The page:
OmiseGO is a Plasma-based Proof of Authority network built alongside Ethereum that aims to facilitate decentralized payment processing from e-wallet operators by providing the necessary public infrastructure.
OmiseGO (pronounced ‘Oh-me-say-go’) is a Proof of Authority (PoA) network, based on the Plasma framework and built alongside Ethereum that aims to provide the infrastructure to facilitate decentralized payment processing from e-wallet operators, such as Alipay and Venmo via a highly scalable blockchain architecture. By enabling decentralized exchange at high volumes and low costs, OmiseGO intends to improve coordination amongst payment processors, gateways, and financial institutions.
A subsidiary of Omise, a leading online payment gateway service provider operating in Southeast Asia, OmiseGO was co-founded by Jun Hasegawa and Donnie Harinsut as an e-commerce company in 2013 and is currently headquartered in Bangkok. The project is currently still in testnet as of April 2020.
OmiseGO’s infrastructure enables consumers to exchange electronic cash directly with merchants, e-wallet service providers, and other users, all without relying on banks or centralized payment processors. Service providers are OmiseGO’s primary network user and use OmiseGO’s token, OMG, to establish consensus nodes to secure the network, and access payment processing and exchange services.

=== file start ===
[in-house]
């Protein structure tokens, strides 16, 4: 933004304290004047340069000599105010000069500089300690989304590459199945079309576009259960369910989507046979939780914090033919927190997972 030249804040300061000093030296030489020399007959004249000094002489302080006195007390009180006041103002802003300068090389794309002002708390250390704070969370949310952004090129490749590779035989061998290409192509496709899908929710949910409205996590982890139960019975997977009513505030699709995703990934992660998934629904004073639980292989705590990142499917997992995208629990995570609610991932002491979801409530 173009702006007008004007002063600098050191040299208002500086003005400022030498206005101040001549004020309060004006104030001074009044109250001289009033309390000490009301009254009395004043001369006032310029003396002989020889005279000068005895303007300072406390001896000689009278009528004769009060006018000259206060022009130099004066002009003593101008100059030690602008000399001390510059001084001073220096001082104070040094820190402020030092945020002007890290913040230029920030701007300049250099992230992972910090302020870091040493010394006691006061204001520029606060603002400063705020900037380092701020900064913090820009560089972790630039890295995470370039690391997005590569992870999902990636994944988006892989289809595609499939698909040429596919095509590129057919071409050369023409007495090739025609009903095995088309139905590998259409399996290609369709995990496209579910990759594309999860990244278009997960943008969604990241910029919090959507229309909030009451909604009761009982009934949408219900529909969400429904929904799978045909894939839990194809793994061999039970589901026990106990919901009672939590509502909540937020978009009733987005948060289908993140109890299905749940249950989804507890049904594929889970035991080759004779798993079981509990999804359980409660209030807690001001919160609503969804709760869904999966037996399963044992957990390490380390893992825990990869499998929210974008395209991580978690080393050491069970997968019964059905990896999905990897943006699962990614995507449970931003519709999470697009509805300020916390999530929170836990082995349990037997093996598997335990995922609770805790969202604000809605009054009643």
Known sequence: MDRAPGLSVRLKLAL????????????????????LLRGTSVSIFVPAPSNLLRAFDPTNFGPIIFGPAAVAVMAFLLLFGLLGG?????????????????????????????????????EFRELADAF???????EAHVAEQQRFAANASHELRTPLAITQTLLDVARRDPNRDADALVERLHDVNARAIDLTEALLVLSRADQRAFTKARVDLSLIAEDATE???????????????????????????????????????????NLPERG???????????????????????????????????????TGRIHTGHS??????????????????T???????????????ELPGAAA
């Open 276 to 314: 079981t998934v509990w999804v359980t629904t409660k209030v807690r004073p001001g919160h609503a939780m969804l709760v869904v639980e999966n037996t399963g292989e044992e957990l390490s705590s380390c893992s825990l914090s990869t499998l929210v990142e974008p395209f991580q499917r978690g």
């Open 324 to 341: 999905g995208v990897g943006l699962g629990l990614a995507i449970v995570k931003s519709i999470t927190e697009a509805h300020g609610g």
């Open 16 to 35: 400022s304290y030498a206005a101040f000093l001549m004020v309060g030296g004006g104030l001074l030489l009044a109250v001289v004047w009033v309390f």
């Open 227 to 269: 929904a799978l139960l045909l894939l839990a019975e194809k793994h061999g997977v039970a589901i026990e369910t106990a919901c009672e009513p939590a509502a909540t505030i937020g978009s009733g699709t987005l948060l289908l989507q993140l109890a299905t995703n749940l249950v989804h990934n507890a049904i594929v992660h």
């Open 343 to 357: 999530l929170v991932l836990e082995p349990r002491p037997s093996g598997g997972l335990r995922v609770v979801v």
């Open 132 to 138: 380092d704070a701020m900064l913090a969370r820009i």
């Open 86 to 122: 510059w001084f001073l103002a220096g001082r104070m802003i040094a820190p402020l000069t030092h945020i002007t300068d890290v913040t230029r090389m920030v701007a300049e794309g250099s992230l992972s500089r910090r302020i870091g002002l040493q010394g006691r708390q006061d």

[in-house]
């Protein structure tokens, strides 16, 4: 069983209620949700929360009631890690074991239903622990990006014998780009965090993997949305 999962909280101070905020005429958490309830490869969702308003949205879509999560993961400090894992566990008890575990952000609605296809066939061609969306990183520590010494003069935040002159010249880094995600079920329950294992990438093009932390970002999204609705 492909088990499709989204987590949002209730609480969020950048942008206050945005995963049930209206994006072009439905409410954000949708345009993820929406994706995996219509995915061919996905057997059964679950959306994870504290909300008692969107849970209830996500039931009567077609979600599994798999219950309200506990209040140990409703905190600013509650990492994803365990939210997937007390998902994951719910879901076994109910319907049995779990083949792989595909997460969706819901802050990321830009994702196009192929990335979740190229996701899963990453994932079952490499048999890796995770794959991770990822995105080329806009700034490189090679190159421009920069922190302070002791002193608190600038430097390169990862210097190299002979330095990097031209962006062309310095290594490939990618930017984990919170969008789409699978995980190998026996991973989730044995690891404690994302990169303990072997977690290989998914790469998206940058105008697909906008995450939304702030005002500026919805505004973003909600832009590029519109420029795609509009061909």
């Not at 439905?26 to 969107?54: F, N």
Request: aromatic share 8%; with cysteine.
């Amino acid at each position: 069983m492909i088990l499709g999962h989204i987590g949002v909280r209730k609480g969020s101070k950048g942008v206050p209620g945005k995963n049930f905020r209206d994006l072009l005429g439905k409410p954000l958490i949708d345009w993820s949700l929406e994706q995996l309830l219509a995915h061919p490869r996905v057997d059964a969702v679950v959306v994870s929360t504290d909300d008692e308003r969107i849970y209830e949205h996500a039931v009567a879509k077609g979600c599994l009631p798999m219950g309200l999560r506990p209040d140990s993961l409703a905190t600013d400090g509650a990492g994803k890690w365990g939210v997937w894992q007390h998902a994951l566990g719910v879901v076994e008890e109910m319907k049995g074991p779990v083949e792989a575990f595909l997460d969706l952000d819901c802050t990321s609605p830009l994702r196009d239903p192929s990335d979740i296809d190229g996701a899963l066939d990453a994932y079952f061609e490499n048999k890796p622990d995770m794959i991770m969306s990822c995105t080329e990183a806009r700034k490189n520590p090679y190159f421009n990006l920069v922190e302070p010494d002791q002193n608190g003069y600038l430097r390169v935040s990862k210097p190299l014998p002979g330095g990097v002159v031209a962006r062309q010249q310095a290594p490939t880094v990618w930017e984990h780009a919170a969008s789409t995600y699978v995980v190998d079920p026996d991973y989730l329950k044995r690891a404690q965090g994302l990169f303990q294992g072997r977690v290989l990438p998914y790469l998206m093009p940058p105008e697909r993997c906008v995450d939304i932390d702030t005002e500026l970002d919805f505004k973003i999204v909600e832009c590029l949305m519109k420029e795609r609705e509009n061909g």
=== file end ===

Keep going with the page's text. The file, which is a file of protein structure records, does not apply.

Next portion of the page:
OmiseGo has had a long development path and although it has released two alphas, Ari and Samrong in February and June 2019 respectively as well as the deployment of its P2P network in September the same year, the main OmiseGo network still remains in testnet.
OmiseGO’s token, OMG, is primarily used for participation and oversight in network consensus. Node operators stake OMG to gain the right to run validator nodes, and are compensated through transaction fees. Earnings are a function of tokens staked; validators staking more tokens take a larger portion of transaction fees. Staked OMG acts as a security deposit, and may be forfeited (burned) should node operators act improperly, such as by deviating from consensus rules. Validator activity on the OmiseGO blockchain is also enforceable on the Ethereum blockchain through native smart contracts, with the Ethereum blockchain acting as a root chain in OMG’s proposed scaling solution.